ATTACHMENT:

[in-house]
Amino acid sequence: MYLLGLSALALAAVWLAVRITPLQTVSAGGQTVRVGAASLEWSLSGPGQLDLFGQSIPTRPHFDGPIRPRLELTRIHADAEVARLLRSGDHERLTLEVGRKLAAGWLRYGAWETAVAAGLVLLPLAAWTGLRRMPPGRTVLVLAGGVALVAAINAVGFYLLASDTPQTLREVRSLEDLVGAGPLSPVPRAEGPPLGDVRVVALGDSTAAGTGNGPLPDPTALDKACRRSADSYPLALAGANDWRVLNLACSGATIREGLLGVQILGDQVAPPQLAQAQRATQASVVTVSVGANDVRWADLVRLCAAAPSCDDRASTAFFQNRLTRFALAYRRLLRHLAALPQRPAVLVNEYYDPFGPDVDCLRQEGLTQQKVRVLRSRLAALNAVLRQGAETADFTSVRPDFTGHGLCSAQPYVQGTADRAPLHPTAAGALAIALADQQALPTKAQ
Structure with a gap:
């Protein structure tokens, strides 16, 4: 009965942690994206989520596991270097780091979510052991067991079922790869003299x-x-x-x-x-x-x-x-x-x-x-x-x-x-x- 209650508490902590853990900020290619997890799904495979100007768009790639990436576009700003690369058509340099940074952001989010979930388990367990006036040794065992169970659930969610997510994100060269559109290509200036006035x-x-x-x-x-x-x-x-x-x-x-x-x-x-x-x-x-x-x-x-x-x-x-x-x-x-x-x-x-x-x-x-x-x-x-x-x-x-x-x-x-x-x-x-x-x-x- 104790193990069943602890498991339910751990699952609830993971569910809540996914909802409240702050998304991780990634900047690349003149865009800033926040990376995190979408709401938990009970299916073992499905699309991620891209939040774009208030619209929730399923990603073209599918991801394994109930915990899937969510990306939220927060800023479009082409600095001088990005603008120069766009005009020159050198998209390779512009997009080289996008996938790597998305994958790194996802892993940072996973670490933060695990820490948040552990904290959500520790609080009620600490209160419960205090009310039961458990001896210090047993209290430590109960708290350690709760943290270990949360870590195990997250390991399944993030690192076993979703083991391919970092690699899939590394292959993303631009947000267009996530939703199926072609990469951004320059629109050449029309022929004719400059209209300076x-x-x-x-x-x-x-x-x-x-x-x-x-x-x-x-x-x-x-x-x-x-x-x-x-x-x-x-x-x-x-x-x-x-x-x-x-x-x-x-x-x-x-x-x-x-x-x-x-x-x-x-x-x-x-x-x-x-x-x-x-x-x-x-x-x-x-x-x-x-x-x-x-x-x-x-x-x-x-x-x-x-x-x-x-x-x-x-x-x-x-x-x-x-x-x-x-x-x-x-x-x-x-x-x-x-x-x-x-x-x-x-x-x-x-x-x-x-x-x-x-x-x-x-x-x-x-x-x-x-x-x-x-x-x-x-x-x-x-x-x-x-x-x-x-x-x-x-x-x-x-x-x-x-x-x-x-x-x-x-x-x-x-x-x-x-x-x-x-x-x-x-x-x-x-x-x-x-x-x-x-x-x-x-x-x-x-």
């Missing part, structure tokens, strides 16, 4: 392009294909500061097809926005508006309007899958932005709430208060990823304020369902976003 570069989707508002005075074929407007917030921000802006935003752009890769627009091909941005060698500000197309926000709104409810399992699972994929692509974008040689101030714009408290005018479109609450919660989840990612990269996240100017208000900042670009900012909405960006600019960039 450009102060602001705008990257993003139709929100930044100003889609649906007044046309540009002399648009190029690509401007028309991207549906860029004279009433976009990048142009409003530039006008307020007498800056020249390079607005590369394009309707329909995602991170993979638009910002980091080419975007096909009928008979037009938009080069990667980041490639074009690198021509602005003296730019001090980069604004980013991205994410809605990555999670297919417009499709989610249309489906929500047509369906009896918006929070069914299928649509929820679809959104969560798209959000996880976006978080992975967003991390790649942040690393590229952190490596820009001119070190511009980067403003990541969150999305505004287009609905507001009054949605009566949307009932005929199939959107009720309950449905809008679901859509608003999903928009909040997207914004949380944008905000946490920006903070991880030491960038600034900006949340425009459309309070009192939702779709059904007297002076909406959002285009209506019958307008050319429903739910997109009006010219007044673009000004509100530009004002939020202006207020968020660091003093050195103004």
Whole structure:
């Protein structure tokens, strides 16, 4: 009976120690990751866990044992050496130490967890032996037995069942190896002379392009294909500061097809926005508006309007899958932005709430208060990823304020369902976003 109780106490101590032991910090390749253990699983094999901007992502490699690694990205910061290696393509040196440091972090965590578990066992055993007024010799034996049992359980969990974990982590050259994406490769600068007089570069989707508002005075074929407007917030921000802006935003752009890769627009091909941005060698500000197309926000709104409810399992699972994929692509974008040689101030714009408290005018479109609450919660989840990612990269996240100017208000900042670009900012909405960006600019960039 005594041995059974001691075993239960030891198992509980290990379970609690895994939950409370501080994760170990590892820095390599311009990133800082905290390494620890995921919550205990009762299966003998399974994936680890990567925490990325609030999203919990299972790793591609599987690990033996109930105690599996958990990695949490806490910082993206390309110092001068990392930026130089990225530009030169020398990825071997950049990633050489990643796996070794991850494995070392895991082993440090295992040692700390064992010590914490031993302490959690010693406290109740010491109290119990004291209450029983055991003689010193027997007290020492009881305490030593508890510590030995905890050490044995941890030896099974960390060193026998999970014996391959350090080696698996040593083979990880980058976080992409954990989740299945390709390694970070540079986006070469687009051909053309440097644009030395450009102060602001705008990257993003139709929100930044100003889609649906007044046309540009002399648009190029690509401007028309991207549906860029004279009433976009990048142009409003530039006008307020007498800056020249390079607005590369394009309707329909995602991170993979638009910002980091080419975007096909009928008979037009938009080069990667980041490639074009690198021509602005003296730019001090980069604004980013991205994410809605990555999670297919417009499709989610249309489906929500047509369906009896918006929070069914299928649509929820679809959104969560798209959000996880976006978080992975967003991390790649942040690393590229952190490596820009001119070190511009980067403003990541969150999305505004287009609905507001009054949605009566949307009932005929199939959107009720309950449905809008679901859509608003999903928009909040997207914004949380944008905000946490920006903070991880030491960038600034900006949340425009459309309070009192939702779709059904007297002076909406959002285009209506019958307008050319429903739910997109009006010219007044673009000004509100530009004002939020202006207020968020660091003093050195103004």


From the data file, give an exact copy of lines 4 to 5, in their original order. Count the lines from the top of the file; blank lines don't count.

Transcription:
């Protein structure tokens, strides 16, 4: 009965942690994206989520596991270097780091979510052991067991079922790869003299x-x-x-x-x-x-x-x-x-x-x-x-x-x-x- 209650508490902590853990900020290619997890799904495979100007768009790639990436576009700003690369058509340099940074952001989010979930388990367990006036040794065992169970659930969610997510994100060269559109290509200036006035x-x-x-x-x-x-x-x-x-x-x-x-x-x-x-x-x-x-x-x-x-x-x-x-x-x-x-x-x-x-x-x-x-x-x-x-x-x-x-x-x-x-x-x-x-x-x- 104790193990069943602890498991339910751990699952609830993971569910809540996914909802409240702050998304991780990634900047690349003149865009800033926040990376995190979408709401938990009970299916073992499905699309991620891209939040774009208030619209929730399923990603073209599918991801394994109930915990899937969510990306939220927060800023479009082409600095001088990005603008120069766009005009020159050198998209390779512009997009080289996008996938790597998305994958790194996802892993940072996973670490933060695990820490948040552990904290959500520790609080009620600490209160419960205090009310039961458990001896210090047993209290430590109960708290350690709760943290270990949360870590195990997250390991399944993030690192076993979703083991391919970092690699899939590394292959993303631009947000267009996530939703199926072609990469951004320059629109050449029309022929004719400059209209300076x-x-x-x-x-x-x-x-x-x-x-x-x-x-x-x-x-x-x-x-x-x-x-x-x-x-x-x-x-x-x-x-x-x-x-x-x-x-x-x-x-x-x-x-x-x-x-x-x-x-x-x-x-x-x-x-x-x-x-x-x-x-x-x-x-x-x-x-x-x-x-x-x-x-x-x-x-x-x-x-x-x-x-x-x-x-x-x-x-x-x-x-x-x-x-x-x-x-x-x-x-x-x-x-x-x-x-x-x-x-x-x-x-x-x-x-x-x-x-x-x-x-x-x-x-x-x-x-x-x-x-x-x-x-x-x-x-x-x-x-x-x-x-x-x-x-x-x-x-x-x-x-x-x-x-x-x-x-x-x-x-x-x-x-x-x-x-x-x-x-x-x-x-x-x-x-x-x-x-x-x-x-x-x-x-x-x-």
């Missing part, structure tokens, strides 16, 4: 392009294909500061097809926005508006309007899958932005709430208060990823304020369902976003 570069989707508002005075074929407007917030921000802006935003752009890769627009091909941005060698500000197309926000709104409810399992699972994929692509974008040689101030714009408290005018479109609450919660989840990612990269996240100017208000900042670009900012909405960006600019960039 450009102060602001705008990257993003139709929100930044100003889609649906007044046309540009002399648009190029690509401007028309991207549906860029004279009433976009990048142009409003530039006008307020007498800056020249390079607005590369394009309707329909995602991170993979638009910002980091080419975007096909009928008979037009938009080069990667980041490639074009690198021509602005003296730019001090980069604004980013991205994410809605990555999670297919417009499709989610249309489906929500047509369906009896918006929070069914299928649509929820679809959104969560798209959000996880976006978080992975967003991390790649942040690393590229952190490596820009001119070190511009980067403003990541969150999305505004287009609905507001009054949605009566949307009932005929199939959107009720309950449905809008679901859509608003999903928009909040997207914004949380944008905000946490920006903070991880030491960038600034900006949340425009459309309070009192939702779709059904007297002076909406959002285009209506019958307008050319429903739910997109009006010219007044673009000004509100530009004002939020202006207020968020660091003093050195103004």